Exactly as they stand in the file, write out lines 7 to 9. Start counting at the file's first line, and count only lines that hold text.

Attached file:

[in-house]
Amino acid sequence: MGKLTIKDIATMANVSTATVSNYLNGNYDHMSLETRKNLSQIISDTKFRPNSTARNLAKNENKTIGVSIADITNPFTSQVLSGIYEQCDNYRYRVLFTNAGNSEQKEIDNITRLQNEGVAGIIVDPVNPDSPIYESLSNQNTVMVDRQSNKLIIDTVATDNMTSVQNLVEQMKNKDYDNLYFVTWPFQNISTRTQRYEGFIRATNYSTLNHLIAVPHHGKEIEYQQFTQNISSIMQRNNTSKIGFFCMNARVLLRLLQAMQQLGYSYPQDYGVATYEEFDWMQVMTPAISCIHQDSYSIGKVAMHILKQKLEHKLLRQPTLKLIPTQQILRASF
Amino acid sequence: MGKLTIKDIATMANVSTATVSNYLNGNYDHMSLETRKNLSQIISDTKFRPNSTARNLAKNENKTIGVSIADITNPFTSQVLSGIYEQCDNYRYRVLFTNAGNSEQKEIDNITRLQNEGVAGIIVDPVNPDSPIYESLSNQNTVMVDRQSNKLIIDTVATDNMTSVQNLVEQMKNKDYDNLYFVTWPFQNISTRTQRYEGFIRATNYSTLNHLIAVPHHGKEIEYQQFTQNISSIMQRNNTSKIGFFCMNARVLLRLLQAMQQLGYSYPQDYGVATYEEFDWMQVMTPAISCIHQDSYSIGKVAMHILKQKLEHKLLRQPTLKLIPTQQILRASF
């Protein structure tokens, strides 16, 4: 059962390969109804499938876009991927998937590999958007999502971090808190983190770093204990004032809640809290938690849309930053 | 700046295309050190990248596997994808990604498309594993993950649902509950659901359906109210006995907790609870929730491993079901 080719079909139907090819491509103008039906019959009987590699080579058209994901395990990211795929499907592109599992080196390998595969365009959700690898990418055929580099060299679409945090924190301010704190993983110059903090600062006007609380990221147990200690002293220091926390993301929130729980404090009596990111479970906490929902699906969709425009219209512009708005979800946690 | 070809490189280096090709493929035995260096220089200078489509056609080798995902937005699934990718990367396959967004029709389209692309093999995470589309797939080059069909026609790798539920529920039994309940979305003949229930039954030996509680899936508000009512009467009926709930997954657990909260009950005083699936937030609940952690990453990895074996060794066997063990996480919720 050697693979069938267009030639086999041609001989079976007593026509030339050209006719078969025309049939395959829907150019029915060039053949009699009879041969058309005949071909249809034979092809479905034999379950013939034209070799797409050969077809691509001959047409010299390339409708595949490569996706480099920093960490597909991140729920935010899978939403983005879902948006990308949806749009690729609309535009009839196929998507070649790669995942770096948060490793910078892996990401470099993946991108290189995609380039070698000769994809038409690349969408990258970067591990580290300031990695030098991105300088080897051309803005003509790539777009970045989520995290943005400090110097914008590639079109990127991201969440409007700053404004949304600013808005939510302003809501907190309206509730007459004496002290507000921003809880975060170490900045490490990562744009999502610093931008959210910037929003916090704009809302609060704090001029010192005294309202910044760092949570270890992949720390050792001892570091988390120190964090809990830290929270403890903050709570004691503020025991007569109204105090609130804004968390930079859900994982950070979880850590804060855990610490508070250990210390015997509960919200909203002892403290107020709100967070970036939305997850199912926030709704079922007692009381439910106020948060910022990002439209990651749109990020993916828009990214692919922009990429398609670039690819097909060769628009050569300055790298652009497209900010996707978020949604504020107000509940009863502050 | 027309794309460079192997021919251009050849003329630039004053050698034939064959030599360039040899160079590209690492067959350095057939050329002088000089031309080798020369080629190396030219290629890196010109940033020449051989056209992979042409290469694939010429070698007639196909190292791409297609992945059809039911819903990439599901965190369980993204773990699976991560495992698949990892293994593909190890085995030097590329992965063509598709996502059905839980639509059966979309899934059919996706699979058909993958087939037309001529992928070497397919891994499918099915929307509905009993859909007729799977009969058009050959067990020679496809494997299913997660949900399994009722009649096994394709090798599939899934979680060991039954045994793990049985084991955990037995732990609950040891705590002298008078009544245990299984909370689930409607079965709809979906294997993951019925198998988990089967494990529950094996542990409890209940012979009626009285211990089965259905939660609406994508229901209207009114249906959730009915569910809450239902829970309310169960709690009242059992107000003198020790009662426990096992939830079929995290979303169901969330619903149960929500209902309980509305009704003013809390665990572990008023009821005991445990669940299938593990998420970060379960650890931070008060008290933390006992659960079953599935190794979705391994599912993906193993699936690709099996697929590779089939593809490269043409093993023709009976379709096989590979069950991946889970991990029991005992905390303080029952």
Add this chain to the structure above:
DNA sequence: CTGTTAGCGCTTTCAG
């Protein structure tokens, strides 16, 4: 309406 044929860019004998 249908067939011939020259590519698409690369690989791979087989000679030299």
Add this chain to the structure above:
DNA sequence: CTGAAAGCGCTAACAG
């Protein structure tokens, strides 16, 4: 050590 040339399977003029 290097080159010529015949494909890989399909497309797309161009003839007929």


């Protein structure tokens, strides 16, 4: 309406 044929860019004998 249908067939011939020259590519698409690369690989791979087989000679030299």
Add this chain to the structure above:
DNA sequence: CTGAAAGCGCTAACAG